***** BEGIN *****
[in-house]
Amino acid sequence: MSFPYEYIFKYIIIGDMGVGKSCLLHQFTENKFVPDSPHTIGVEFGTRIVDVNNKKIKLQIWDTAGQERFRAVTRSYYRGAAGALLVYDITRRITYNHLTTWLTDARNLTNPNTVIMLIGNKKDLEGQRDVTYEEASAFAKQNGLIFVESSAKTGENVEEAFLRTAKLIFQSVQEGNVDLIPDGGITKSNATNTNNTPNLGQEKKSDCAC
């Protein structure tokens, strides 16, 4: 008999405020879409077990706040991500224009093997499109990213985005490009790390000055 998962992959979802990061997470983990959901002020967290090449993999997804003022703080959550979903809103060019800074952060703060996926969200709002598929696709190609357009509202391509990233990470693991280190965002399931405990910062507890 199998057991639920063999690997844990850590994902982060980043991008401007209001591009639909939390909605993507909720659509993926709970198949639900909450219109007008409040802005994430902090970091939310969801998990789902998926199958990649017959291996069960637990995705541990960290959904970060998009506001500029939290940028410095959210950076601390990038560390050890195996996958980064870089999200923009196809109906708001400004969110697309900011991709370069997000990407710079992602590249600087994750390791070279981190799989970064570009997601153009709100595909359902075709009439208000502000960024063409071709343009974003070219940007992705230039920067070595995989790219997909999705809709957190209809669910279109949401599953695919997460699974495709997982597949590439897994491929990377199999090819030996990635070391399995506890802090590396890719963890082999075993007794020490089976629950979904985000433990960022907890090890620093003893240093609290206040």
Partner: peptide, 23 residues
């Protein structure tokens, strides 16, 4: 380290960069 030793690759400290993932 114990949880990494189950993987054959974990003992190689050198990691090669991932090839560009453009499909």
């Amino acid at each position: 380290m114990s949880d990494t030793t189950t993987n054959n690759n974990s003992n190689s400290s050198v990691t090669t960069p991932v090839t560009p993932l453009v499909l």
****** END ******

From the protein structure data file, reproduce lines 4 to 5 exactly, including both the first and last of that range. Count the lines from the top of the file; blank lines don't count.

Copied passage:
Partner: peptide, 23 residues
């Protein structure tokens, strides 16, 4: 380290960069 030793690759400290993932 114990949880990494189950993987054959974990003992190689050198990691090669991932090839560009453009499909």